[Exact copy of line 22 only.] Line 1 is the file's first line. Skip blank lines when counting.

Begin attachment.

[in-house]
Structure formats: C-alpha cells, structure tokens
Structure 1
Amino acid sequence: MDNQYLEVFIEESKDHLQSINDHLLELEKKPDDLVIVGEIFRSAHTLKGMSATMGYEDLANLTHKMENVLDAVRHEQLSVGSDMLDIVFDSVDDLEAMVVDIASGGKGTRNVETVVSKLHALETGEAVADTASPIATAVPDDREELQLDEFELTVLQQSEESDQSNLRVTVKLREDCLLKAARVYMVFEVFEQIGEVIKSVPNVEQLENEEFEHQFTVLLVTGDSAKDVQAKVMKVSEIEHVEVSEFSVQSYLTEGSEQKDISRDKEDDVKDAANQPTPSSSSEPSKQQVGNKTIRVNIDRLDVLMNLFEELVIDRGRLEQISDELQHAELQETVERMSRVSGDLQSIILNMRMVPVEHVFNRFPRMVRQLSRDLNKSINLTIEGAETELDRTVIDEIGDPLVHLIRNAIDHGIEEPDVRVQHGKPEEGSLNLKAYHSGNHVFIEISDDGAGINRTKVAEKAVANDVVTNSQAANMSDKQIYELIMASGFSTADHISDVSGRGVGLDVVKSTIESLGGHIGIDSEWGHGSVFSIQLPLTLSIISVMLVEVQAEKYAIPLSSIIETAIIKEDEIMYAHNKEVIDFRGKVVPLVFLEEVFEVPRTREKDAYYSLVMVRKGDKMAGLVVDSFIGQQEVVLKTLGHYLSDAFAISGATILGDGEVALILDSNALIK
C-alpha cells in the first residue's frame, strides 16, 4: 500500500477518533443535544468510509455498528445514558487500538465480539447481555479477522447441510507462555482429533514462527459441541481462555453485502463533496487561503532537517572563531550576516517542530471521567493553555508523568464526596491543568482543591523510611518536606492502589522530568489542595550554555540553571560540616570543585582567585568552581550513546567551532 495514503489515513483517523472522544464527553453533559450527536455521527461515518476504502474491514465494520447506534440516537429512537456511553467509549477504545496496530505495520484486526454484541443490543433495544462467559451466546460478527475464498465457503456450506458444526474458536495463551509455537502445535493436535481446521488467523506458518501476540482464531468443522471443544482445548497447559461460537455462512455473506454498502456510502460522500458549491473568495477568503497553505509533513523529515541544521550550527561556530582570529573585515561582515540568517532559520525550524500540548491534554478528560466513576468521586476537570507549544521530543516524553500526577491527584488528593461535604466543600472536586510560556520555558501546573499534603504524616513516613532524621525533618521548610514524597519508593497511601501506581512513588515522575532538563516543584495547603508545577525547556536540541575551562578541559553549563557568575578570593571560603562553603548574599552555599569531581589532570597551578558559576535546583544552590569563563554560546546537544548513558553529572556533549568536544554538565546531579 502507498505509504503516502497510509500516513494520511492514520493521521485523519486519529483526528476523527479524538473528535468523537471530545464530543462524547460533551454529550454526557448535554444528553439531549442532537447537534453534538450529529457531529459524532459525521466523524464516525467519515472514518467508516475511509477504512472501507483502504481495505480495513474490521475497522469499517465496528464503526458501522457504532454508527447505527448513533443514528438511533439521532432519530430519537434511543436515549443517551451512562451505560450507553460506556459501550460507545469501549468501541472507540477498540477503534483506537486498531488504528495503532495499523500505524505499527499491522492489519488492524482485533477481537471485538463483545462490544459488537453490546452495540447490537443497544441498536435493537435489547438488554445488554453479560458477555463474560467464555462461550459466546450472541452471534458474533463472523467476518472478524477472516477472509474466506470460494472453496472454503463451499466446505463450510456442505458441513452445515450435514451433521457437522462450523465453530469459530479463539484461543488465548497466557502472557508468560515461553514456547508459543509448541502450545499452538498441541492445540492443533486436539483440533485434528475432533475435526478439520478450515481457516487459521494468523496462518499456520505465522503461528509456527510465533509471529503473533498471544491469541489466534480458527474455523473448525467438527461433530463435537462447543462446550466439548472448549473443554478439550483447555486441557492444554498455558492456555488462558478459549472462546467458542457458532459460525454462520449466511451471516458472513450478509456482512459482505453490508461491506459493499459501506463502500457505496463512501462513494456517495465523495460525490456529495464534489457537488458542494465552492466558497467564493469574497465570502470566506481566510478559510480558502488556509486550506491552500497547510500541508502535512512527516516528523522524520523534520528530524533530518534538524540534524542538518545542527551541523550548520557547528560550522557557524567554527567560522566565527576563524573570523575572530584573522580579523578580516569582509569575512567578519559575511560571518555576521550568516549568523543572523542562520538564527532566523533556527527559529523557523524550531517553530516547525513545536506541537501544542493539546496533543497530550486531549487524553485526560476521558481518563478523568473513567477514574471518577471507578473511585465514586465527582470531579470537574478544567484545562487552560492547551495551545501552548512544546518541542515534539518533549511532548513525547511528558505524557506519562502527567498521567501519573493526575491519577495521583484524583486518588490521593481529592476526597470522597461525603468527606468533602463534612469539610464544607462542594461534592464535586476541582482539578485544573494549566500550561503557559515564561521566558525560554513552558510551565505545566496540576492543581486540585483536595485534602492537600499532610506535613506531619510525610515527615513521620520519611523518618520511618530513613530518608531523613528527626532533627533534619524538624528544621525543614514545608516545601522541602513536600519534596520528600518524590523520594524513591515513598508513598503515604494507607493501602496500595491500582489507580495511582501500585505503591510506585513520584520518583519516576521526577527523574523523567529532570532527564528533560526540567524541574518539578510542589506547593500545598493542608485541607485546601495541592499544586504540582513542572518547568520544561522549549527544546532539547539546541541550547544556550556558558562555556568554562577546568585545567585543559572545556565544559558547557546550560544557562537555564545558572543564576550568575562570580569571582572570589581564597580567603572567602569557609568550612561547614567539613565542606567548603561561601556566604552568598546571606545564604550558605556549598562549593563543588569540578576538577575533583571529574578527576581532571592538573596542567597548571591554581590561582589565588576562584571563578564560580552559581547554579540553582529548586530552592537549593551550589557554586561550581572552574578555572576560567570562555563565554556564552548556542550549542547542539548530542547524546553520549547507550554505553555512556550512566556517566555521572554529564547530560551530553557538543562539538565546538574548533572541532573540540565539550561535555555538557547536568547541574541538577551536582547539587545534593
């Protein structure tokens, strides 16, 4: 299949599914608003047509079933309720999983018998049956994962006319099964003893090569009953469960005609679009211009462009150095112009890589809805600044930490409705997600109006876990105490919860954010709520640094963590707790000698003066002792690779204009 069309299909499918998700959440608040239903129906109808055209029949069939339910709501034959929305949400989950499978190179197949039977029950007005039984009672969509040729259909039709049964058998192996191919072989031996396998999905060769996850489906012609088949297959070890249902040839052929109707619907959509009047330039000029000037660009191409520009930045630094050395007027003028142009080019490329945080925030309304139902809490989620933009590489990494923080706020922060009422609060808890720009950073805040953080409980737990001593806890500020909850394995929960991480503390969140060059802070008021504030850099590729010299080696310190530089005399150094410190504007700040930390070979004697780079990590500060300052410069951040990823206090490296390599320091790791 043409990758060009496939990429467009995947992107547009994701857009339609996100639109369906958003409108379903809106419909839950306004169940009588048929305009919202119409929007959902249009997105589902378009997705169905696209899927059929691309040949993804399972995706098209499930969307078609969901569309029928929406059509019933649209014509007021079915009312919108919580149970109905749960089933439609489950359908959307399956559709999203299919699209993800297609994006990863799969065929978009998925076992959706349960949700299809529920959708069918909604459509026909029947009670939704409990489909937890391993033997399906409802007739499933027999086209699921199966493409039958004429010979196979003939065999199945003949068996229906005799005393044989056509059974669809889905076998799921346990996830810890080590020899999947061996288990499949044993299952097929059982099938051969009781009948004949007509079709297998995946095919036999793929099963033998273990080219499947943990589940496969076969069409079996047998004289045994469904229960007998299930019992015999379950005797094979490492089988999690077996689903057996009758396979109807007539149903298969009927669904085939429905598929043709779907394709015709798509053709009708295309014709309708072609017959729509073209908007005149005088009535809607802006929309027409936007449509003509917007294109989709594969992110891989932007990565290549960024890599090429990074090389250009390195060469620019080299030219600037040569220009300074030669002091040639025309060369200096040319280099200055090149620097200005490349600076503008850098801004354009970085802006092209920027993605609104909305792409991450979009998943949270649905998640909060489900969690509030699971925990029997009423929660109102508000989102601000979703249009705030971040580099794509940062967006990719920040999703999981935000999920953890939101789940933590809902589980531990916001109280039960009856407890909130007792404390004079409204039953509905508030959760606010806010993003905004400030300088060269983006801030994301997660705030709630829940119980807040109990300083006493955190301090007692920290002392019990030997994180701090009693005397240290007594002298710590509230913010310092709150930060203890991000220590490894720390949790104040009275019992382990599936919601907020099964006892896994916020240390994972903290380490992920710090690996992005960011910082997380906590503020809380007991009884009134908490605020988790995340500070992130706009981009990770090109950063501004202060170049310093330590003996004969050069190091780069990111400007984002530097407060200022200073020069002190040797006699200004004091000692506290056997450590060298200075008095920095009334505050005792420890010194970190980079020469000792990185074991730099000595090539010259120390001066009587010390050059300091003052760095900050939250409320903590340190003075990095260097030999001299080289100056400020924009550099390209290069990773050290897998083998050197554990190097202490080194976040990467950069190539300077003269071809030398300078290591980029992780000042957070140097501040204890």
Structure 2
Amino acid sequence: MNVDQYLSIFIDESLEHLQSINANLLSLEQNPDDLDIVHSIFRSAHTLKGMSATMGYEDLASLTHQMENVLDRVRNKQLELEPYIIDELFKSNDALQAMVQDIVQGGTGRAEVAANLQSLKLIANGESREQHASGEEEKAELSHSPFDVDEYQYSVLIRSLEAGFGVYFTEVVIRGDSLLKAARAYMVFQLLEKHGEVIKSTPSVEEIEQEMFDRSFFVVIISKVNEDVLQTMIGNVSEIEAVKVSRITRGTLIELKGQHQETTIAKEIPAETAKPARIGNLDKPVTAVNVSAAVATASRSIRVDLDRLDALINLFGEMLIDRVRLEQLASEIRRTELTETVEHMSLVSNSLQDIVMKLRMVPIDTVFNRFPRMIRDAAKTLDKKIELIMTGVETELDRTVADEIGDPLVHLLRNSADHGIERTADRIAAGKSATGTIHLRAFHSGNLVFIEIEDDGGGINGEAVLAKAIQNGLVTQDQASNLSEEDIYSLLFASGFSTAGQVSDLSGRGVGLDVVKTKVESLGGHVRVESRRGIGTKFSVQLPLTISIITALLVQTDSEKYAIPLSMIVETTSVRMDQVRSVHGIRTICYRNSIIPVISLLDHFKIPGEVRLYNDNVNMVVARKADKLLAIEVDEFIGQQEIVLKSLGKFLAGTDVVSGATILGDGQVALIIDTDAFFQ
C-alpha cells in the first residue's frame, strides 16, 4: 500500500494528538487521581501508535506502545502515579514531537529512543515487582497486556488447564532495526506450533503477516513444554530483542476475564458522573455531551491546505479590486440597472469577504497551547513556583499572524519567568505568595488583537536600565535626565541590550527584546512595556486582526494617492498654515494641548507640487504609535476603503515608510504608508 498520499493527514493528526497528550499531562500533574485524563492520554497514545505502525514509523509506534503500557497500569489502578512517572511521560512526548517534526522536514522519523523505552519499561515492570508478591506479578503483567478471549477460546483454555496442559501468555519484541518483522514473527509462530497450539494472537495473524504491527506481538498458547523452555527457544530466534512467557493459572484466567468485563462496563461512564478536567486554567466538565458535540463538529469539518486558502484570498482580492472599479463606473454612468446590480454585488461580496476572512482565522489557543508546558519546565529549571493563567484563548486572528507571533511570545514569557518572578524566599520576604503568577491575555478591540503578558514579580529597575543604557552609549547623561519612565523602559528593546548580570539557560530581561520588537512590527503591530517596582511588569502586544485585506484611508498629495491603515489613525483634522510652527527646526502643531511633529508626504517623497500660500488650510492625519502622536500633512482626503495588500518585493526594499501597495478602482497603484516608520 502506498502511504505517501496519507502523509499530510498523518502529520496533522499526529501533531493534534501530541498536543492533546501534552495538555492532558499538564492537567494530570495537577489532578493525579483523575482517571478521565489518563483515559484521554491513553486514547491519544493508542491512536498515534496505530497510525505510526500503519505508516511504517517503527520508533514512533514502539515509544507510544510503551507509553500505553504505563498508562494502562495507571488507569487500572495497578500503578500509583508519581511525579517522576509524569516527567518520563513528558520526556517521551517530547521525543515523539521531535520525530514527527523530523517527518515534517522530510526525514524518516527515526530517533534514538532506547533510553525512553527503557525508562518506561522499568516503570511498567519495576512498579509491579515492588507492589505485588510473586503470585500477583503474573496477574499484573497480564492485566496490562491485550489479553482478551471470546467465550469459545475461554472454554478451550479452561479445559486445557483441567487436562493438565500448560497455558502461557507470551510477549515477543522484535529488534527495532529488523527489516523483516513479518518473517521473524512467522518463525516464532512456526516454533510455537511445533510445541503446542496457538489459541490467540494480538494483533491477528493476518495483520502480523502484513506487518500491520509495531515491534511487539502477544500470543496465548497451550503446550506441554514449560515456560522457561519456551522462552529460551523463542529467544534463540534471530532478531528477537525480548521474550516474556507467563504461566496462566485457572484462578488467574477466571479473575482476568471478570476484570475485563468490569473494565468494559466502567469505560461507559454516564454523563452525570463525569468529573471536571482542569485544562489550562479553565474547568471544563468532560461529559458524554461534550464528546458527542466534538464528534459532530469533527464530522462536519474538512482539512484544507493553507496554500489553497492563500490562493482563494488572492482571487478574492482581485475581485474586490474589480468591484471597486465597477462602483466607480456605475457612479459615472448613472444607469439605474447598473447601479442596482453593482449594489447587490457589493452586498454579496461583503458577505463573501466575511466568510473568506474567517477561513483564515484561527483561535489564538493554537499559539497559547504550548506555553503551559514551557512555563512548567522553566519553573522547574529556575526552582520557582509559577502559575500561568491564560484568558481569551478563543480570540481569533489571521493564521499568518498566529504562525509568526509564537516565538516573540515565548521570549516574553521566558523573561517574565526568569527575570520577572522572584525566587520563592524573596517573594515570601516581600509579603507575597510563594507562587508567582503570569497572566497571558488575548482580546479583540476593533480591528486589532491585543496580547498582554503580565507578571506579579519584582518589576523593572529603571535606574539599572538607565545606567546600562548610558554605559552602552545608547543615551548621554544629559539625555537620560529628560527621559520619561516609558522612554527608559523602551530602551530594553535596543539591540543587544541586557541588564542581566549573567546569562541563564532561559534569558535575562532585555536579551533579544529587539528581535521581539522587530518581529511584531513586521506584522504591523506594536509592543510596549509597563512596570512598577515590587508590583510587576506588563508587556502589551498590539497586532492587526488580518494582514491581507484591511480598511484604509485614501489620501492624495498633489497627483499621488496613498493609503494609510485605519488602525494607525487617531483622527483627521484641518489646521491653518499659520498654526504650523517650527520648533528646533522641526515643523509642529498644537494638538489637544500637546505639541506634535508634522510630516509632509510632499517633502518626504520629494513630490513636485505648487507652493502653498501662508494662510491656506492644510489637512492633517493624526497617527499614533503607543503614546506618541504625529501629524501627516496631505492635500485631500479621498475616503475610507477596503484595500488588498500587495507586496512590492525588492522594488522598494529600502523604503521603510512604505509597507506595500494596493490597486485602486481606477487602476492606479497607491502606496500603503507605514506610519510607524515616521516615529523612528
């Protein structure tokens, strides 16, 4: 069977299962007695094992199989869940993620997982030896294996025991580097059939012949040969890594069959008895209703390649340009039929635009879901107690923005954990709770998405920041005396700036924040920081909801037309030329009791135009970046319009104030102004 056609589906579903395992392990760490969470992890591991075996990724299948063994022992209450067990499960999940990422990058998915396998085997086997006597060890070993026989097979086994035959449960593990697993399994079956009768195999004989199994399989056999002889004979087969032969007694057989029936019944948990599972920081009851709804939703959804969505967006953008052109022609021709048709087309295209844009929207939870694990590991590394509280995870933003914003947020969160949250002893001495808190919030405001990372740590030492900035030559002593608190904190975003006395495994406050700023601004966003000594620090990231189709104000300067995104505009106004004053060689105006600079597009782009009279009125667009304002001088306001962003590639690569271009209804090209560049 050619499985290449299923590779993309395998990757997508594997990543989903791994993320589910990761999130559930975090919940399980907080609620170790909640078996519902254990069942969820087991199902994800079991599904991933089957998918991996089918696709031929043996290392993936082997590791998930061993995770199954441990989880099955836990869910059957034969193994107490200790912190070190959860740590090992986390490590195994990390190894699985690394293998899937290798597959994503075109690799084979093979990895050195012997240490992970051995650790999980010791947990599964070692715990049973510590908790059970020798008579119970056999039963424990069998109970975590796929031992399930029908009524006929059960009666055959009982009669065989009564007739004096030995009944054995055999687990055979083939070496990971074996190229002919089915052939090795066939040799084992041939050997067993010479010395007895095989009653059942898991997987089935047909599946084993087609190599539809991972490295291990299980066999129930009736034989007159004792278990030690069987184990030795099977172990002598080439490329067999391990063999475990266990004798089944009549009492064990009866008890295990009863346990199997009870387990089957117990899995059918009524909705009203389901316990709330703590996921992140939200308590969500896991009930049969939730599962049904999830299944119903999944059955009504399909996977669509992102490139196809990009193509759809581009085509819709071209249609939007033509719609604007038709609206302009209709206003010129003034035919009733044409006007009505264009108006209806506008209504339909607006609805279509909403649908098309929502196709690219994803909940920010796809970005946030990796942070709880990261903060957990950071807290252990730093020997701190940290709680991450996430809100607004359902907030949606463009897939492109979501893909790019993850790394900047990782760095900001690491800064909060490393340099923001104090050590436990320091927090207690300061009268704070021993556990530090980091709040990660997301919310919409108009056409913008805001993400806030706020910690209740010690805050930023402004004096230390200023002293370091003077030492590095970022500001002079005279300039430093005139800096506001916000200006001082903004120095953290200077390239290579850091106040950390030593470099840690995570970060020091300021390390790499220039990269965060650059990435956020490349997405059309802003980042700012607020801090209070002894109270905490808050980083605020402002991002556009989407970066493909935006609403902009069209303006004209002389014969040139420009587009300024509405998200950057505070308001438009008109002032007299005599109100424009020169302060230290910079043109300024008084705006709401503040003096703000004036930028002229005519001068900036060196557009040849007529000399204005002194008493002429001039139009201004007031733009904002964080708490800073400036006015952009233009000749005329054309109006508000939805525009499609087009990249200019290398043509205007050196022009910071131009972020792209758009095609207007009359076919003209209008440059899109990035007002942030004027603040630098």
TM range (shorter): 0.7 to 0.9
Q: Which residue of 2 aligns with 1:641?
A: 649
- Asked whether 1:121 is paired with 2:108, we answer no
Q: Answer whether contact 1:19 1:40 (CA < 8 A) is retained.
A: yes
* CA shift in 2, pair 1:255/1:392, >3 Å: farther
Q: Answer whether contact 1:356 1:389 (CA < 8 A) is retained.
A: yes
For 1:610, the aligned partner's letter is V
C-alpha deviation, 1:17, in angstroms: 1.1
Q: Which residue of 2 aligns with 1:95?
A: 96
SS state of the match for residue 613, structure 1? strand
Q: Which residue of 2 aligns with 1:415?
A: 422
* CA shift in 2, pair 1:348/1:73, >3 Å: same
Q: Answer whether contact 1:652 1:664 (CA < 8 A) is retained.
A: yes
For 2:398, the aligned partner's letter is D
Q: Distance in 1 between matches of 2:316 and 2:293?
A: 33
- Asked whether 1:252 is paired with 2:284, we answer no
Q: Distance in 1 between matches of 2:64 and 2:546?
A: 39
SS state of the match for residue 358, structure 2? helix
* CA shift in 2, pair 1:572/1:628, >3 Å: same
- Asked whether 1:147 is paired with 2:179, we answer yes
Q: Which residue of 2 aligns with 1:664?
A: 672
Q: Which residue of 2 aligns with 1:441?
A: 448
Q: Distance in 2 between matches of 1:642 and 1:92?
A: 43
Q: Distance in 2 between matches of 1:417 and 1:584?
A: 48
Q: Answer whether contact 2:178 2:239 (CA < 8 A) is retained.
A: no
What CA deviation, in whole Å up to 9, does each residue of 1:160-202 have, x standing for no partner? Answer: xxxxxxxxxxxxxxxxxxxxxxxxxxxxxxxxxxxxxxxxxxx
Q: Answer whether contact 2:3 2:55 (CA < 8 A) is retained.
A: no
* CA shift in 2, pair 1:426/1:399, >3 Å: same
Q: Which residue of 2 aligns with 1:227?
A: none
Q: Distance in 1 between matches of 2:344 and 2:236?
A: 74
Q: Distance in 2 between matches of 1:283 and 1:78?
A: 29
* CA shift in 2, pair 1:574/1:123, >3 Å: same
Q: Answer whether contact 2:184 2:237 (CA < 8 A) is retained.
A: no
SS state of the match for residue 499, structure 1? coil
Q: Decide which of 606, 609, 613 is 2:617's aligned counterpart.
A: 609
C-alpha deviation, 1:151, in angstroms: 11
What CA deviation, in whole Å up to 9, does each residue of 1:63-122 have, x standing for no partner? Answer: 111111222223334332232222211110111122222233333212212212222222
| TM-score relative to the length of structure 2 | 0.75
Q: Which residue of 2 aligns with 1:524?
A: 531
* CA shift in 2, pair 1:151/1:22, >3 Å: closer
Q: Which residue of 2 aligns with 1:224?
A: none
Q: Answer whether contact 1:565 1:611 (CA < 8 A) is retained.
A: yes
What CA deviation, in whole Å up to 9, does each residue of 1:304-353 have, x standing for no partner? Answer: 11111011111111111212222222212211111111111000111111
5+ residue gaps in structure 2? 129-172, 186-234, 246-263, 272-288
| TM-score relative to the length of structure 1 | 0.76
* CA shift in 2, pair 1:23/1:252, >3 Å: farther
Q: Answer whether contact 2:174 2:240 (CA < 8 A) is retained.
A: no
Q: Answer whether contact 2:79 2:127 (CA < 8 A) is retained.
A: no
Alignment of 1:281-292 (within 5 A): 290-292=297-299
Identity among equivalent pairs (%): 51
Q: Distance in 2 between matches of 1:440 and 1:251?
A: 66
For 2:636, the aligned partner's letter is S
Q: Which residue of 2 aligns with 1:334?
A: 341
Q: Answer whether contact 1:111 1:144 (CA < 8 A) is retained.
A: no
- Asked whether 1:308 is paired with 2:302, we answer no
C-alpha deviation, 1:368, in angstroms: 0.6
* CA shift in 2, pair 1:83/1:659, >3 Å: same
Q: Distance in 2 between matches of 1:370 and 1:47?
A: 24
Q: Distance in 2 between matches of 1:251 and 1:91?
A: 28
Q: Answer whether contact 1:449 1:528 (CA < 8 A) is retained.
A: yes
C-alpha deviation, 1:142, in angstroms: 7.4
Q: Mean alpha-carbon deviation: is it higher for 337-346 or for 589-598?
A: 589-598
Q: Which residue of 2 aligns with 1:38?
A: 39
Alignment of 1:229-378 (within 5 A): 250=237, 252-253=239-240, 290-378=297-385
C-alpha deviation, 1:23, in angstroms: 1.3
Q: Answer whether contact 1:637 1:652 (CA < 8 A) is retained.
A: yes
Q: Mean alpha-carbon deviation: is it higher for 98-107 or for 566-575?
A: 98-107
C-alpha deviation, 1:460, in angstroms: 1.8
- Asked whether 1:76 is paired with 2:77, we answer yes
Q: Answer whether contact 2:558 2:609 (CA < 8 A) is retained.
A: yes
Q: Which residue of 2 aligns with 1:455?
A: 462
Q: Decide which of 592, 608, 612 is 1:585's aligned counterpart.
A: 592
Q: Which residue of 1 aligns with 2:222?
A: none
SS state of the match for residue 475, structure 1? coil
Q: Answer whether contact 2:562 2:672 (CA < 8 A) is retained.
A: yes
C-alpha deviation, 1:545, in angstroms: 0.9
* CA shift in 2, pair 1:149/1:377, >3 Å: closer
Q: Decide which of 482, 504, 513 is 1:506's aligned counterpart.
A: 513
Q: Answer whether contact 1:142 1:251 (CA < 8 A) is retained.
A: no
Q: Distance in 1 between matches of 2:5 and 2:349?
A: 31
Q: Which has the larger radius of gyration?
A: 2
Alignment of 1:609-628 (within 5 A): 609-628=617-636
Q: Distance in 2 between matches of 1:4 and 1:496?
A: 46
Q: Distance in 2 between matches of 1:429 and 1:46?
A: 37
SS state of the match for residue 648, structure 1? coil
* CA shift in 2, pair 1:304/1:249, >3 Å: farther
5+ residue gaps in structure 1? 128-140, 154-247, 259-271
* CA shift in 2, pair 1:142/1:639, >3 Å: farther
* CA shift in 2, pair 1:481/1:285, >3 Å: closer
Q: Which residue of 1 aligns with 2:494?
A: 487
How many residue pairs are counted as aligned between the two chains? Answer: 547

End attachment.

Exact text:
Q: Which residue of 2 aligns with 1:95?